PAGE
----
An Implicit Argument for NGDP Targeting?

Every now and again you see people who blog mention how much they’ve learned from the experience, how much their audience has taught them. Hopefully this post will be another instance of that phenomenon.*

The Economist’s Free Exchange blog had a post up from Ryan Avent last week about mainly labor (sorry, labour) markets, productivity, and inflation (among other things – it covered a lot of ground). Also seemingly implicit in the piece is an argument for NGDP targeting as a short-term policy response to economic crises like the one we’ve just suffered. But this is where the learning bit comes in, because I’m not convinced I’ve got it remotely right. Avent writes:

If wages for existing workers are sticky then firms will respond to plunging demand by firing lots of workers. But they may also seek to wring more production out of existing staff so as to lower the effective real wage…The paper’s authors, Mark Bils, Yongsung Chang, and Sun-Bin Kim, find that in industries with stickier wages productivity is more countercyclical, rising above trend in downturns and below in booms. What’s more, they note that countercyclical productivity shifts have been a feature of American business cycles, but only for the last 25 years. They point to research from the Kansas City Fed, produced by Willem Van Zandweghe…Prior to the mid-1980s productivity was very pro-cyclical, falling in recessions and rising in recoveries. But this pattern began to shift in the recovery from Paul Volcker’s disinflationary recessions of the early 1980s. Thereafter productivity became sharply countercyclical, contributing to the “jobless recoveries” of the Great Moderation era. Mr Van Zandweghe considers several possible explanations for the change…Those stories are perfectly reasonable. But they are also perfectly consistent with a world in which very low inflation has made wage rigidities substantially more binding, forcing firms to fire or boost productivity.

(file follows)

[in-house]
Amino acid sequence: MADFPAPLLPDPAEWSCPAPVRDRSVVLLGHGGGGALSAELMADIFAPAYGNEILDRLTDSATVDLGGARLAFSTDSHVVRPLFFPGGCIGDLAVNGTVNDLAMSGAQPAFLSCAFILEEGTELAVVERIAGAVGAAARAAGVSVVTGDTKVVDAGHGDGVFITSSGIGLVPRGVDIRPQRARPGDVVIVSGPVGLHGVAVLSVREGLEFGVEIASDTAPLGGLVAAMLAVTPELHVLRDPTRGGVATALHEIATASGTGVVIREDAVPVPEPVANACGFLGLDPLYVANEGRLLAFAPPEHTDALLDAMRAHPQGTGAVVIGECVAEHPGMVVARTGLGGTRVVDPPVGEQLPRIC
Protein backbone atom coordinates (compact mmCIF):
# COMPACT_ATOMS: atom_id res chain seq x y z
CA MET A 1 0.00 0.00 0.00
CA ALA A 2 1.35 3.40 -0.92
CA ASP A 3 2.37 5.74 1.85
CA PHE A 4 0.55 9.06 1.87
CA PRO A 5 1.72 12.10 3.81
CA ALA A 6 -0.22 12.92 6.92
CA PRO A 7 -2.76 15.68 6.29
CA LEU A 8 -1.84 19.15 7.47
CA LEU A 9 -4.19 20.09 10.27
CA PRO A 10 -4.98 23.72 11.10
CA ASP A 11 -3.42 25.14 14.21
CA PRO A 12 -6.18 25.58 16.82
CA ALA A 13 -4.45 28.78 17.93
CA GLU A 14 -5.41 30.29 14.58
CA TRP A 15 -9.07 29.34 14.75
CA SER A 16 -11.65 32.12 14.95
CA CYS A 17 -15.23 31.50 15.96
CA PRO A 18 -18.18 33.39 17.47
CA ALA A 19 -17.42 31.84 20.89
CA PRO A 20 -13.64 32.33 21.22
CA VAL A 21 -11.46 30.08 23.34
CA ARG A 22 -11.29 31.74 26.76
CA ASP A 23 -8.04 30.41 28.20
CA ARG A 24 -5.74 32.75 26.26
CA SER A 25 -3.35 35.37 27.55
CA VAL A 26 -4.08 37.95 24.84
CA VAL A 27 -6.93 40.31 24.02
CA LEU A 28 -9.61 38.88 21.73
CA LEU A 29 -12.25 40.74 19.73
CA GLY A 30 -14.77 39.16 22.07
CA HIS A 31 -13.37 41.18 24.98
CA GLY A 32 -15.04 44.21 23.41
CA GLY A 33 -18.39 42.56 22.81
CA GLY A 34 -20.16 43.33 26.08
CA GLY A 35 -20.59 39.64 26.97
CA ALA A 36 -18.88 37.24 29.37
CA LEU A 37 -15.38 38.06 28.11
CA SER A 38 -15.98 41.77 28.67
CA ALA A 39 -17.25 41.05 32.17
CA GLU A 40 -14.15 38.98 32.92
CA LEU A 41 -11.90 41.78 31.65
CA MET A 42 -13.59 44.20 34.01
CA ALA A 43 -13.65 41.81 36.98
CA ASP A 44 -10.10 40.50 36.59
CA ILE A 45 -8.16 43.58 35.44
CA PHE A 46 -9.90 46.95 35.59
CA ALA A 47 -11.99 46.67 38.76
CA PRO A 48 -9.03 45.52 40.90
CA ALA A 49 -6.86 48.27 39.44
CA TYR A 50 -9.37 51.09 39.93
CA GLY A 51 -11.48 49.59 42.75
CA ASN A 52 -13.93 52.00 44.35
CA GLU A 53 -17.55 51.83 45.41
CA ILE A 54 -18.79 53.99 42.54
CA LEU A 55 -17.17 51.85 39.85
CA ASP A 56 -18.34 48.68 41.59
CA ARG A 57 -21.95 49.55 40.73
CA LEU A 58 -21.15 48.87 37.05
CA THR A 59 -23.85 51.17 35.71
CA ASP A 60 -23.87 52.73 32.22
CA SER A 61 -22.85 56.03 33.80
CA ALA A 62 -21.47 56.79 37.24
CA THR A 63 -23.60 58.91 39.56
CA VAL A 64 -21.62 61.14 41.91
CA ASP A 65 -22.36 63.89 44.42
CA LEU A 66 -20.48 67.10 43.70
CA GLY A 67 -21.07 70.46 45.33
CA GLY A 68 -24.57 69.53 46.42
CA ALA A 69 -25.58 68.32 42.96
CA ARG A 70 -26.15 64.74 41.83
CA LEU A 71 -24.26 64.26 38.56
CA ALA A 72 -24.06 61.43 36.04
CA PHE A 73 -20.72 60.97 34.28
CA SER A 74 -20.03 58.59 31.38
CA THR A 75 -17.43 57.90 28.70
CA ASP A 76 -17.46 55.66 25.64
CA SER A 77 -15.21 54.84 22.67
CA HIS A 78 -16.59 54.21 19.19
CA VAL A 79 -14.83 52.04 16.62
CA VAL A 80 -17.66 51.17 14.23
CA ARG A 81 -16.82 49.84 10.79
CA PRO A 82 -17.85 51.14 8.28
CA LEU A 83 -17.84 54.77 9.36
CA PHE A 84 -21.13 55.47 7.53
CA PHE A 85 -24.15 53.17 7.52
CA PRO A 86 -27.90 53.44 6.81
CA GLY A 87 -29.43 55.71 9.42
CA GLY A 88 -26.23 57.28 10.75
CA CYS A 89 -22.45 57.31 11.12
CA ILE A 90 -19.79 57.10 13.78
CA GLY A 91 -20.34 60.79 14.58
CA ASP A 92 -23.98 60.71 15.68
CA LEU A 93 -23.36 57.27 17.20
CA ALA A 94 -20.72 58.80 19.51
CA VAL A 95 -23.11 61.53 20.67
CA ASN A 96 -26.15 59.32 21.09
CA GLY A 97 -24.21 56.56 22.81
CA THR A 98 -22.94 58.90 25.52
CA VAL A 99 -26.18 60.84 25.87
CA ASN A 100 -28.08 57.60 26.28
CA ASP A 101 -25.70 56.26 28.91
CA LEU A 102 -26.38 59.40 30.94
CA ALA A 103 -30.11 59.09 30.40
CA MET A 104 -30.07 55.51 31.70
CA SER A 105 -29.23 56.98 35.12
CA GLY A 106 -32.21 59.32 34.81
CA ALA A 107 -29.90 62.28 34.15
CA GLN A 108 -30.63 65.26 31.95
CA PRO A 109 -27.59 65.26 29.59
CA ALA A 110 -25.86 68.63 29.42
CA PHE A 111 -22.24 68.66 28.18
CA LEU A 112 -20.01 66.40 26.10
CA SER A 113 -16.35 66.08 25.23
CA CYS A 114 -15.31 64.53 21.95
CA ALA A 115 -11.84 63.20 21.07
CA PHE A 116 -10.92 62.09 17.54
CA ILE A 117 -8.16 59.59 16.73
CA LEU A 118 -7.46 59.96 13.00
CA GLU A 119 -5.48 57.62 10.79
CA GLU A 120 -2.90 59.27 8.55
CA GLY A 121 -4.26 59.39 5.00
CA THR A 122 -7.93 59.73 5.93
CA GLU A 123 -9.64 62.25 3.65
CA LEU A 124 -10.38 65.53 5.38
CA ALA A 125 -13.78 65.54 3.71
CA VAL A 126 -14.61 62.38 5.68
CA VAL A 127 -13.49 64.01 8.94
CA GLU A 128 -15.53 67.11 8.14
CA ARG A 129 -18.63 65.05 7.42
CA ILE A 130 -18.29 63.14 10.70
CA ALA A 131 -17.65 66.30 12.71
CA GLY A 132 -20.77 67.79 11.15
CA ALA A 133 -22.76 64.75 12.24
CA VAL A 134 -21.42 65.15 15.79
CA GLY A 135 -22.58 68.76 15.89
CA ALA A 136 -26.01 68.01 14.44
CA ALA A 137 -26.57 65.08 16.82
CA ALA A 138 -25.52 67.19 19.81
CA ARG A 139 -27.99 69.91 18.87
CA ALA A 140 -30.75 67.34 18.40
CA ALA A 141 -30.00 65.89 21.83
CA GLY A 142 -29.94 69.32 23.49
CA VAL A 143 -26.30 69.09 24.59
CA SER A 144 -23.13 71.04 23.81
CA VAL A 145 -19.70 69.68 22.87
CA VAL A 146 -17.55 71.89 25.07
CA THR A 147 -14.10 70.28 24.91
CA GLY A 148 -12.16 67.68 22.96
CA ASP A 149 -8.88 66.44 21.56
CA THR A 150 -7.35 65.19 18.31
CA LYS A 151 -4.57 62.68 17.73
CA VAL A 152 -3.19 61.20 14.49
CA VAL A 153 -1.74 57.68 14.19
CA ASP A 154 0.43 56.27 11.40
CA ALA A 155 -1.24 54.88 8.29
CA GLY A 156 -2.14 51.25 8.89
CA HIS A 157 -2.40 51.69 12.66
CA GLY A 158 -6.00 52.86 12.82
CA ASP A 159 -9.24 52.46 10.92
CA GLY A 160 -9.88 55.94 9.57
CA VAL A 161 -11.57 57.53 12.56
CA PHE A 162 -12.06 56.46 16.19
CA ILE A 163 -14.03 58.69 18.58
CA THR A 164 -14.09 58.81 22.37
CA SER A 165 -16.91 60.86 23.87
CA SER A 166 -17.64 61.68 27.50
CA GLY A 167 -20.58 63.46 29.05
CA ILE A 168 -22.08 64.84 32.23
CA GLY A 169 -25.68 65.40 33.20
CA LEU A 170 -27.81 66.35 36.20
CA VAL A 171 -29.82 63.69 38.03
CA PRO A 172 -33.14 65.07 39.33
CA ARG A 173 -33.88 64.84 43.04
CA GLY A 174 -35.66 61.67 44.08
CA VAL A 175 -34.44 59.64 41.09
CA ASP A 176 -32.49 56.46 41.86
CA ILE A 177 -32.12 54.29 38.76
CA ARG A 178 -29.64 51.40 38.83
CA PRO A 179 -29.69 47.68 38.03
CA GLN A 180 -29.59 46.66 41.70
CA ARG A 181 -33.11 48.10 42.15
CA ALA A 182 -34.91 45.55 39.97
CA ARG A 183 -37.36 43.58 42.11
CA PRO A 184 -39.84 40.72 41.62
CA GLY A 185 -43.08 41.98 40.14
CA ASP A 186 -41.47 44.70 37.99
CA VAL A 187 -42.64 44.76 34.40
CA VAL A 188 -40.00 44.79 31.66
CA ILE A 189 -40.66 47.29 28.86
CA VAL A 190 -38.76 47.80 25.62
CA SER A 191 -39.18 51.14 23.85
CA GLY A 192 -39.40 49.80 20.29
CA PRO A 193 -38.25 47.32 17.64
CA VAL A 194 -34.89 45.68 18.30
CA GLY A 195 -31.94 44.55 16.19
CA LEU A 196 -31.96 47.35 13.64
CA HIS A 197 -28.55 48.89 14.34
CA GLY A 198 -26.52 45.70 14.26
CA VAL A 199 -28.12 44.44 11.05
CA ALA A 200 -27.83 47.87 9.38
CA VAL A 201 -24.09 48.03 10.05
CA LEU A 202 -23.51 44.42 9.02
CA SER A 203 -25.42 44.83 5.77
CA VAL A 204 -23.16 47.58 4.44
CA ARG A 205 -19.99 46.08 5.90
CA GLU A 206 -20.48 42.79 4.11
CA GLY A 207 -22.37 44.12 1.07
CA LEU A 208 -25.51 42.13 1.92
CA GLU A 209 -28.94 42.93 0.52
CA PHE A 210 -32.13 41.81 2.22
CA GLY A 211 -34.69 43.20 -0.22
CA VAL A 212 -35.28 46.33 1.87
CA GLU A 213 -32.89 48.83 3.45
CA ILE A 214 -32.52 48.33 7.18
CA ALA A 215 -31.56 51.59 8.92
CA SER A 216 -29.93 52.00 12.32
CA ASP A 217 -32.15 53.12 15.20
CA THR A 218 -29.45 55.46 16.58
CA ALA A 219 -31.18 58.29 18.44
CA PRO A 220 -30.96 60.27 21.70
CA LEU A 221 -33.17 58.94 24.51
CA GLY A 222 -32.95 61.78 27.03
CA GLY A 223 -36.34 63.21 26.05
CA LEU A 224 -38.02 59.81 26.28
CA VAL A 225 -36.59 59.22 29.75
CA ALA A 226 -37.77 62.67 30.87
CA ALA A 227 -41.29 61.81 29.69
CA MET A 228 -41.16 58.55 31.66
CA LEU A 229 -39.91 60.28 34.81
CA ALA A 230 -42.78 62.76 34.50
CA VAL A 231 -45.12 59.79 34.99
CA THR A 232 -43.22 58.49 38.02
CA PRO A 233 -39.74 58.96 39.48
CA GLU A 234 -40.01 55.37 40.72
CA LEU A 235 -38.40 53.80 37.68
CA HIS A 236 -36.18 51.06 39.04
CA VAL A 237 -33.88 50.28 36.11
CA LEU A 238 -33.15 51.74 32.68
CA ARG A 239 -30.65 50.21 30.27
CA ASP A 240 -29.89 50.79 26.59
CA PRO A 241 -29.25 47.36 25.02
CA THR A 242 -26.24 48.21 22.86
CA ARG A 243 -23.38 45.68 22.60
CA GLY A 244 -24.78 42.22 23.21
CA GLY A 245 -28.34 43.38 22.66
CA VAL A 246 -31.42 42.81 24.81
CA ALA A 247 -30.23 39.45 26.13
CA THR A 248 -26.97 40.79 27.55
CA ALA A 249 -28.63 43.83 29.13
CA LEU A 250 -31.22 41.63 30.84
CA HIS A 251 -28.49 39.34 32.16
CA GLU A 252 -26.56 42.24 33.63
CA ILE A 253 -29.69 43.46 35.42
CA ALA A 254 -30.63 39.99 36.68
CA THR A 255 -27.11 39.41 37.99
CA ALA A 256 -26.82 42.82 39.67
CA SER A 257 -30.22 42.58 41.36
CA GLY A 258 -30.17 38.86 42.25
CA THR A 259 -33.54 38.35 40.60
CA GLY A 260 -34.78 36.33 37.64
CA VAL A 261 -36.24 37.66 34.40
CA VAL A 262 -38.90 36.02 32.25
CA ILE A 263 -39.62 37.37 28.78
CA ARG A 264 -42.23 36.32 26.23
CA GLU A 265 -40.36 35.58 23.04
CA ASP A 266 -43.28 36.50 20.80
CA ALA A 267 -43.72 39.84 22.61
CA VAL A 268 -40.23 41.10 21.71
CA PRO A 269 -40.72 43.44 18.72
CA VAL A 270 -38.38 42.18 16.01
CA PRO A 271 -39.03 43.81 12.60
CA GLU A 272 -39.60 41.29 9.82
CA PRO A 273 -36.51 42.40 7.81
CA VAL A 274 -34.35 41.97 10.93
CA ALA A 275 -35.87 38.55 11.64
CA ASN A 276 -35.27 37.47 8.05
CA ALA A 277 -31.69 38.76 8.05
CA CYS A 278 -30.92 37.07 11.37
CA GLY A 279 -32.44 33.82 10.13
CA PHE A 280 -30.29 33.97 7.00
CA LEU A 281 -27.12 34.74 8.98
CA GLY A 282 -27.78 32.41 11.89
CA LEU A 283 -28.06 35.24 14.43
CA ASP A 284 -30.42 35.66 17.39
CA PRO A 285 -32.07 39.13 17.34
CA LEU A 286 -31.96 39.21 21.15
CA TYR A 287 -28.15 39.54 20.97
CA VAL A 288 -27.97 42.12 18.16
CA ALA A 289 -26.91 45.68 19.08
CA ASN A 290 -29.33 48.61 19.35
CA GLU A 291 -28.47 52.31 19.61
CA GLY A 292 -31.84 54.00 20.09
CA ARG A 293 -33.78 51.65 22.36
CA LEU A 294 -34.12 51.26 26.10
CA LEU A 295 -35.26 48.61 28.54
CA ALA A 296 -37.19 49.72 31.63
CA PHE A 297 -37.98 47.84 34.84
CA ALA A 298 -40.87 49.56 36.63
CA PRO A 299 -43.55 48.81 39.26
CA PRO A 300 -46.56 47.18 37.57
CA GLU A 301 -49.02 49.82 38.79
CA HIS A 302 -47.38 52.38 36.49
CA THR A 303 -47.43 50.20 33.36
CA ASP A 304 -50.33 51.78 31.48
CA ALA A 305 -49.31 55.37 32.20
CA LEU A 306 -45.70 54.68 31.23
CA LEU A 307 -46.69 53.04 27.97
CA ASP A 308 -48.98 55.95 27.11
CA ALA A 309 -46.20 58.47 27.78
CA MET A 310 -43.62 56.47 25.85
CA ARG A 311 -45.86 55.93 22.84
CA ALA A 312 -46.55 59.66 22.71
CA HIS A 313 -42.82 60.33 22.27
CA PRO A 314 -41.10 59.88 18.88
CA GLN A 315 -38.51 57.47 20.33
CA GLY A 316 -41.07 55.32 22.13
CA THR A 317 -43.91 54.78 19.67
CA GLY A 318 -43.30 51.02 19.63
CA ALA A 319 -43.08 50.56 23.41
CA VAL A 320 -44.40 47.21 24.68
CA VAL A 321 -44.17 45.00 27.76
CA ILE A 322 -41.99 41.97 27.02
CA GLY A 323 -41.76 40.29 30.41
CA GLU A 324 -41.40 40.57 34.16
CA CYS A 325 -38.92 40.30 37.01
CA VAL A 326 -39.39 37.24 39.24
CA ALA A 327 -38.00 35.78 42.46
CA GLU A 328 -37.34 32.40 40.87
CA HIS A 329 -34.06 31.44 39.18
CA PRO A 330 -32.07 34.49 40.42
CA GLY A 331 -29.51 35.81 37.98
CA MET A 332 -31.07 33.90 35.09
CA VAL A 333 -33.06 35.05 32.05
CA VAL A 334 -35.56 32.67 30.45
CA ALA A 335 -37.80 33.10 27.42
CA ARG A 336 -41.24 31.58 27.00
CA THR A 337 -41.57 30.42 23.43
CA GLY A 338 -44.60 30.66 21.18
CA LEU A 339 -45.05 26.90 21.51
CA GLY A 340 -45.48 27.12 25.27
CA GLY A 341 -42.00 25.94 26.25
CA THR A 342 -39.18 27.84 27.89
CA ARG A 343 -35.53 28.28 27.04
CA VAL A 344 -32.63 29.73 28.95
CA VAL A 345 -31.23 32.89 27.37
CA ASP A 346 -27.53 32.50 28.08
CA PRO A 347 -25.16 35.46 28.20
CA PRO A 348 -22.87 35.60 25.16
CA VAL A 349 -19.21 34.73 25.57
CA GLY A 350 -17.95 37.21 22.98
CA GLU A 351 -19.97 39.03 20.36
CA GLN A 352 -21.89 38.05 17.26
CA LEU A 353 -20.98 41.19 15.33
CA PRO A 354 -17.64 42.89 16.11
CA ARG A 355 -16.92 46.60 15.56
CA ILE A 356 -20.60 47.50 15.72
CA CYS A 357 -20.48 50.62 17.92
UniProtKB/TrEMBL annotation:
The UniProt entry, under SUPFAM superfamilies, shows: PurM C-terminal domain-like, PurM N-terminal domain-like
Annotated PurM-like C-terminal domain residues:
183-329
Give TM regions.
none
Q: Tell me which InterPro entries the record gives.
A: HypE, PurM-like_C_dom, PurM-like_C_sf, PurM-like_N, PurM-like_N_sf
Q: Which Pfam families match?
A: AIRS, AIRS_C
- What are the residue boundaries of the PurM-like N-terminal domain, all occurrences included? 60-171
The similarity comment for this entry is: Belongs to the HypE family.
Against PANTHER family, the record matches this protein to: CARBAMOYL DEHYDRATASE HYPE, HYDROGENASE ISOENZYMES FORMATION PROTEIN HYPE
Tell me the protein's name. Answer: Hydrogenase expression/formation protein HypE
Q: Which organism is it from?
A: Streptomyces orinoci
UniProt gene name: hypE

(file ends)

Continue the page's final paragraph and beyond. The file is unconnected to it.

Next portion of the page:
But if the Fed had an NGDP growth target, the fall in real GDP during a recession would have to be offset by higher inflation (in order to meet the target anyway) which would, in real terms, make workers less expensive (thanks to sticky wages their salaries won’t contract instead) and therefore easier to keep on. At least, I think? This is another Ryan Avent post (from 2011) which, if I’m reading it right, seems to suggest I’m not entirely out to lunch. Perhaps our devoted readership can shed some light on the matter?

*Not that we have an audience in any real sense of the word, but the sentiment holds